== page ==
I just learned a new halakhah yesterday. According to the Jerusalem Rabbinate, having a TV in your dining room makes your food not-kosher. At least that’s what they told the little sandwich shop around the corner from me. Well, actually, that should be qualified a bit. The Rabbinate is willing to call your food kosher if you have a television set, but that’s only the pedestrian kashrut. If you want what they insist is the real certification, the mehadrin certification, the certification that tells you that it’s kosher enough for the supervising rabbi to eat there himself, then you have to ditch the tube.
I wonder what else is on the not-kosher list. Does having a radio treif up your dishes? Perhaps having an encyclopedia would make magical lesions appear on your cows’ lungs? Watch out, the word is that women workers often sneak in a little yayin nesach at the counter.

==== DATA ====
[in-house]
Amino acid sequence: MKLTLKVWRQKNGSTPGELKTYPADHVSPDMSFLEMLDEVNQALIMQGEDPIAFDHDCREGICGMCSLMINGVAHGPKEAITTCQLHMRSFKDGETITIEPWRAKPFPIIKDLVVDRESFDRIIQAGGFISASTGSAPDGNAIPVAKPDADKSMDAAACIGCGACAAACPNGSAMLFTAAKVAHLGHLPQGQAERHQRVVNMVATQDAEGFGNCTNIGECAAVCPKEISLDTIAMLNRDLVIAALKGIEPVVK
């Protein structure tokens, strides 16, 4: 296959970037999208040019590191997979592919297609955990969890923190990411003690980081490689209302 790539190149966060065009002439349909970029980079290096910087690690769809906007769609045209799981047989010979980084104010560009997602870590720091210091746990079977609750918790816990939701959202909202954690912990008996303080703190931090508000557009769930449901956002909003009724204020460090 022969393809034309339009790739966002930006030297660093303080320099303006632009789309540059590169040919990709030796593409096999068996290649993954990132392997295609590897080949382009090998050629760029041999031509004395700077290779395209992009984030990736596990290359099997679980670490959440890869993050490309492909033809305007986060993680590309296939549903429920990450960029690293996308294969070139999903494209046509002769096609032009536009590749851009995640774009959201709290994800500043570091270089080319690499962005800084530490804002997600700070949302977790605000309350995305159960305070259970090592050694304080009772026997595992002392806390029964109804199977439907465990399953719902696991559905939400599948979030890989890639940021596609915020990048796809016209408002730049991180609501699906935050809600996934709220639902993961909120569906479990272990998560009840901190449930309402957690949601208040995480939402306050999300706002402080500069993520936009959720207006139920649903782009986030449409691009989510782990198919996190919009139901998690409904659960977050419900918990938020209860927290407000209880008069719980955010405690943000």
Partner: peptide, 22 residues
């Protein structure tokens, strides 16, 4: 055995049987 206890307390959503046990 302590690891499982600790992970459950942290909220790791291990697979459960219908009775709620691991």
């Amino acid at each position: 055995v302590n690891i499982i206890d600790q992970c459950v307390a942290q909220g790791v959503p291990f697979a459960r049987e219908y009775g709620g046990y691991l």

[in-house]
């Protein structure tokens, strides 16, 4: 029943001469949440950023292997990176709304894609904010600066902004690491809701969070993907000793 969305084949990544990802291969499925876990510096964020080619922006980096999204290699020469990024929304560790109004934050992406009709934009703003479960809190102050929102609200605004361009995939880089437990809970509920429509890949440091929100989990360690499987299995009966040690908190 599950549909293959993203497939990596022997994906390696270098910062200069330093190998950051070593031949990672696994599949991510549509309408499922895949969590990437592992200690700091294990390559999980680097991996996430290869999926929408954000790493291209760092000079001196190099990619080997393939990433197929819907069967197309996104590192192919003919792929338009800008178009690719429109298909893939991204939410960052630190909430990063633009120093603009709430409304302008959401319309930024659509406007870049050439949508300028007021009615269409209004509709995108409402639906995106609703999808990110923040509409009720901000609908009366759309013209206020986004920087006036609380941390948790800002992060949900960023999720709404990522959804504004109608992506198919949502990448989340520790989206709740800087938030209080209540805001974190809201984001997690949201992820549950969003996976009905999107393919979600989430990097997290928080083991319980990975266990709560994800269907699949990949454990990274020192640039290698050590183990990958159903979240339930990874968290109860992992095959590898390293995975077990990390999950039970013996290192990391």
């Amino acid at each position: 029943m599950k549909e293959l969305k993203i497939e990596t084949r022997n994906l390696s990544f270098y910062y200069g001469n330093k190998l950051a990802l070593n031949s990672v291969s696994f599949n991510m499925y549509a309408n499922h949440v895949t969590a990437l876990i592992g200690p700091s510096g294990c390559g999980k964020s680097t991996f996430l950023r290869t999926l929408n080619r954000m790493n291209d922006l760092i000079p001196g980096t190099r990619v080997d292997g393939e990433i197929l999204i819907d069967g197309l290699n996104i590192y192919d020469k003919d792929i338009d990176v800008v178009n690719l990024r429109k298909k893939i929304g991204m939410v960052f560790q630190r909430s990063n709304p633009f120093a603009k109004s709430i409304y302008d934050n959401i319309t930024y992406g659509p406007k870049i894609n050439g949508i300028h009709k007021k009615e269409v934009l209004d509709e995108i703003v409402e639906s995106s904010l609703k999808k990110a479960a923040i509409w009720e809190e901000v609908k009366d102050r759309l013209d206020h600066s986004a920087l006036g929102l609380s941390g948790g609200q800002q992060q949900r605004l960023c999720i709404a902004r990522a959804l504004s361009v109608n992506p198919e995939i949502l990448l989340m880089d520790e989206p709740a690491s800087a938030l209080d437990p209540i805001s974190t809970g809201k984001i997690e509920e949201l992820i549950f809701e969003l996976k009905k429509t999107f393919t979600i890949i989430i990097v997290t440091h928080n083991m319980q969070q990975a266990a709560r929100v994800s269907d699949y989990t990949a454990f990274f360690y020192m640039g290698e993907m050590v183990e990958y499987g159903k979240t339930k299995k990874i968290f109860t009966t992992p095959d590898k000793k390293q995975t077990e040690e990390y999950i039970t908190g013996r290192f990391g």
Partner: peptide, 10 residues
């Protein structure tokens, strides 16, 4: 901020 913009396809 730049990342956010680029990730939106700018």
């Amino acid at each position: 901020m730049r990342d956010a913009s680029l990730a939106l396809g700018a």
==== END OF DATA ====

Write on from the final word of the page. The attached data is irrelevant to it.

Bottom line, while we’re having our genteel debate on the virtue of bundling commandments, and whether eco and tzedek kashrut are valuable and worth pursuing, the Jerusalem Rabbinate (a state organization) has long ago expanded the meaning of kashrut, and our priorities are nowhere on their radar.
Clarification: The problem was having a TV in the dining room of the restaurant. To the best of my knowledge, no kashrut organization investigates a store owner’s private home.